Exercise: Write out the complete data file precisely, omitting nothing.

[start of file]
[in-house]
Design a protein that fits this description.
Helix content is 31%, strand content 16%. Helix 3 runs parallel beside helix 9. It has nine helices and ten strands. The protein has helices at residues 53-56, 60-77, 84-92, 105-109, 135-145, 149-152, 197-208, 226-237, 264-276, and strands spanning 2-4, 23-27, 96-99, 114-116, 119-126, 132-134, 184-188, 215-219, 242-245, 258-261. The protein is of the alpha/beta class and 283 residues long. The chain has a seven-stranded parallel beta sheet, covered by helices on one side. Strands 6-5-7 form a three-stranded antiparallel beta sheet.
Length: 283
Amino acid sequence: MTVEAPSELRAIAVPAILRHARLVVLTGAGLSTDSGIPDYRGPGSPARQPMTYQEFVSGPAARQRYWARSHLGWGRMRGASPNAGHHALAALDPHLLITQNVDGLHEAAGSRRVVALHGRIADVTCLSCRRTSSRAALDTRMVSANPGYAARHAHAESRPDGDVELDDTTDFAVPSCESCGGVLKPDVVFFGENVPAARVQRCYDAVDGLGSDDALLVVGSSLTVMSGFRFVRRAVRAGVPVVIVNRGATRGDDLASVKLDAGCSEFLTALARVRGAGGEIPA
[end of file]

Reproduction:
[in-house]
Design a protein that fits this description.
Helix content is 31%, strand content 16%. Helix 3 runs parallel beside helix 9. It has nine helices and ten strands. The protein has helices at residues 53-56, 60-77, 84-92, 105-109, 135-145, 149-152, 197-208, 226-237, 264-276, and strands spanning 2-4, 23-27, 96-99, 114-116, 119-126, 132-134, 184-188, 215-219, 242-245, 258-261. The protein is of the alpha/beta class and 283 residues long. The chain has a seven-stranded parallel beta sheet, covered by helices on one side. Strands 6-5-7 form a three-stranded antiparallel beta sheet.
Length: 283
Amino acid sequence: MTVEAPSELRAIAVPAILRHARLVVLTGAGLSTDSGIPDYRGPGSPARQPMTYQEFVSGPAARQRYWARSHLGWGRMRGASPNAGHHALAALDPHLLITQNVDGLHEAAGSRRVVALHGRIADVTCLSCRRTSSRAALDTRMVSANPGYAARHAHAESRPDGDVELDDTTDFAVPSCESCGGVLKPDVVFFGENVPAARVQRCYDAVDGLGSDDALLVVGSSLTVMSGFRFVRRAVRAGVPVVIVNRGATRGDDLASVKLDAGCSEFLTALARVRGAGGEIPA